- Serendipitously, a blog post that I wrote about academia went massively viral (100,000 views) in February and brought many visitors to our Kickstarter campaign.
- Science companies Mendeley, Figshare, and PeerJ agreed to help us before we launched. They offered memberships for their services as rewards and they blogged and tweeted about us.
- Hundreds of people blogged, e-mailed, tweeted and advocated tirelessly on our behalf, with an explicit call to fund our project because of what it can do for life science research.
All of us at ZappyLab are amazed, touched, and humbled by the community’s support of our project. We have recently begun to send the promised rewards to our backers. I will soon take a few days off work to bake gene-shaped cookies for the sweet-craving scientists out there. Yet, these are just tiny symbolic tokens of appreciation. I honestly do not know of a proper way to really thank everyone who supported and continues to support us. Perhaps, delivering on the protocols.io promise will come close to appropriately thanking everyone.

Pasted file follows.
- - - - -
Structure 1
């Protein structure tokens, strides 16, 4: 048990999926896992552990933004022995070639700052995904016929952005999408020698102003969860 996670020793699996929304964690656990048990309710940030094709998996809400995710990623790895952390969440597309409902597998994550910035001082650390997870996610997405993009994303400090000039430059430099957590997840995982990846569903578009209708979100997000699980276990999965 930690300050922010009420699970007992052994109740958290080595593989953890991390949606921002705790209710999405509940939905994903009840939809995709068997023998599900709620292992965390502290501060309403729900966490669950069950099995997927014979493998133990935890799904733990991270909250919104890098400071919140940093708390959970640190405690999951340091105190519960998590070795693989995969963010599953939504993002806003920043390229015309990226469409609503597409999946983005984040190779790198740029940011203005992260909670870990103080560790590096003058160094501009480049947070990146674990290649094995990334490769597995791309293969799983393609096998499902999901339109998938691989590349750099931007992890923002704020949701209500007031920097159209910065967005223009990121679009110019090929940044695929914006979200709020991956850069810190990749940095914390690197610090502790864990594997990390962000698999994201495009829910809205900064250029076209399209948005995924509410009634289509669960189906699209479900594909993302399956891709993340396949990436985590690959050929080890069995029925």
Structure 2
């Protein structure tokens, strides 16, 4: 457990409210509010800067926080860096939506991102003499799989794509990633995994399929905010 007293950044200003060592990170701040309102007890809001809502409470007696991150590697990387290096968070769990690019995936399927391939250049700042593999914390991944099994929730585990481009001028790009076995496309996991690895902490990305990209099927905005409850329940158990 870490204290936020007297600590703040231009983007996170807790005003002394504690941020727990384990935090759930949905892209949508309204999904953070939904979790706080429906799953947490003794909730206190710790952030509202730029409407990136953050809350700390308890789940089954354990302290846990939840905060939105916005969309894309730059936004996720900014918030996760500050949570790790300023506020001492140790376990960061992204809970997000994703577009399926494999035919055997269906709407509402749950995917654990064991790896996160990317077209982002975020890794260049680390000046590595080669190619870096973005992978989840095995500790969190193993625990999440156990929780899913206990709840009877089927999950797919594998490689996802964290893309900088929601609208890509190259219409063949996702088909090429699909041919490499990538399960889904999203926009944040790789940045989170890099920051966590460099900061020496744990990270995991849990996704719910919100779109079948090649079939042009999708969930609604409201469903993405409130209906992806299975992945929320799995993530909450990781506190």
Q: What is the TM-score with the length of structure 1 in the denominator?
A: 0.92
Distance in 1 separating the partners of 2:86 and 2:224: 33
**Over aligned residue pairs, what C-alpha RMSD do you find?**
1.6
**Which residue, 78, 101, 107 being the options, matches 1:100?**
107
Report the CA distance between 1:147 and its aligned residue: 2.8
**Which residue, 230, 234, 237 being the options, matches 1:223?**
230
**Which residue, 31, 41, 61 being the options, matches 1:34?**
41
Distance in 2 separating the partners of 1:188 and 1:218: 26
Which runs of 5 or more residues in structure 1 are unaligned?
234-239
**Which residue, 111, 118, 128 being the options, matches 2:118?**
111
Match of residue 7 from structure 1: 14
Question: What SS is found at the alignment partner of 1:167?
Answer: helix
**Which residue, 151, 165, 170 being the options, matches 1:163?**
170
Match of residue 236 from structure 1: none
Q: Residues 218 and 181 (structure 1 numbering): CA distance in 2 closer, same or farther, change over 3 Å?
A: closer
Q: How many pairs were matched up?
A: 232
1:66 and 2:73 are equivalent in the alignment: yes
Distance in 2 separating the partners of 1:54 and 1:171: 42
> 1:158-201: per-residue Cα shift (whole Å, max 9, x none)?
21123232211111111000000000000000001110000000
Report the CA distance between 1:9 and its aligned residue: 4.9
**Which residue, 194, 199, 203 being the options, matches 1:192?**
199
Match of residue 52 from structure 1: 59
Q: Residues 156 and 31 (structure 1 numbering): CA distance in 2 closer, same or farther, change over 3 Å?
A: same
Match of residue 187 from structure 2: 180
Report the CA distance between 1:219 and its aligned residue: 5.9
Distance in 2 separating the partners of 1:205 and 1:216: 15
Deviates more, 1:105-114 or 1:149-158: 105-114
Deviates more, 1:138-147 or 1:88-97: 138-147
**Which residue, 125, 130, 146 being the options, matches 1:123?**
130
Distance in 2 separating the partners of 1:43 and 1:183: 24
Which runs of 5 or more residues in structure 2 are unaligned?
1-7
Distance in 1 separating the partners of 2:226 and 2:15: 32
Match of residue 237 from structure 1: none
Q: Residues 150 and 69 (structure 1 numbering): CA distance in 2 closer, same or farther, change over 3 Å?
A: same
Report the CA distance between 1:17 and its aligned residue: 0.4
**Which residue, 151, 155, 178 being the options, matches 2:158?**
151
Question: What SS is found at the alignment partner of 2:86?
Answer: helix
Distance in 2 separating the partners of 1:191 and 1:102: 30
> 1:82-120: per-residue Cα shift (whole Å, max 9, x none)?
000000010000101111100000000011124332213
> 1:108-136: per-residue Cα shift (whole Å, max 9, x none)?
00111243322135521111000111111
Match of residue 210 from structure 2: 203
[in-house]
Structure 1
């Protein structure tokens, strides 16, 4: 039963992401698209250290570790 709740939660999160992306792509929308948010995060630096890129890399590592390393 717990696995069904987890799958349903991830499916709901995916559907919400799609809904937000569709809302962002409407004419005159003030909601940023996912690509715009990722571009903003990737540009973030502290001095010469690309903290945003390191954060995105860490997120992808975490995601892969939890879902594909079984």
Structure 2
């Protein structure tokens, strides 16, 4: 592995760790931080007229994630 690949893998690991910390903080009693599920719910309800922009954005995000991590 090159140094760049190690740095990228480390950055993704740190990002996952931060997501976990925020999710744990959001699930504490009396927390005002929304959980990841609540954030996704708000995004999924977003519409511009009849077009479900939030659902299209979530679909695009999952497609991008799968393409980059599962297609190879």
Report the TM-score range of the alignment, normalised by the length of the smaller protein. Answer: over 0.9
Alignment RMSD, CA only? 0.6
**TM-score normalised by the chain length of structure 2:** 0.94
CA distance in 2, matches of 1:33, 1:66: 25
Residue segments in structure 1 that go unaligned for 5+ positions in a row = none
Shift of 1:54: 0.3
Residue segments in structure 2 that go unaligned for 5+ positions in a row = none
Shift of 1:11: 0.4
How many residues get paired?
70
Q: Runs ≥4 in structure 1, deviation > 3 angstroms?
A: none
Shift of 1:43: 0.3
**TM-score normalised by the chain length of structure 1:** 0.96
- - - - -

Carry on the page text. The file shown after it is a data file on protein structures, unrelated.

It is not an exaggeration when I say that there is no way we could have succeeded with our campaign without the tremendous effort of the community to publicize and encourage the funding of our project. And that is the main point of this guide – Kickstarter is not a way to build the community; rather, if you have built the community, it is a way to tap into the community’s support.
Here is a list of questions you should answer before launching a crowdsourcing campaign.
- Do you expect Kickstarter to bring attention and visitors to your project? It might happen if they feature you on the homepage or in their e-mail to users with the “projects we love” list, but this is not something you can count on. Assume that no one except you knows that you have launched this campaign.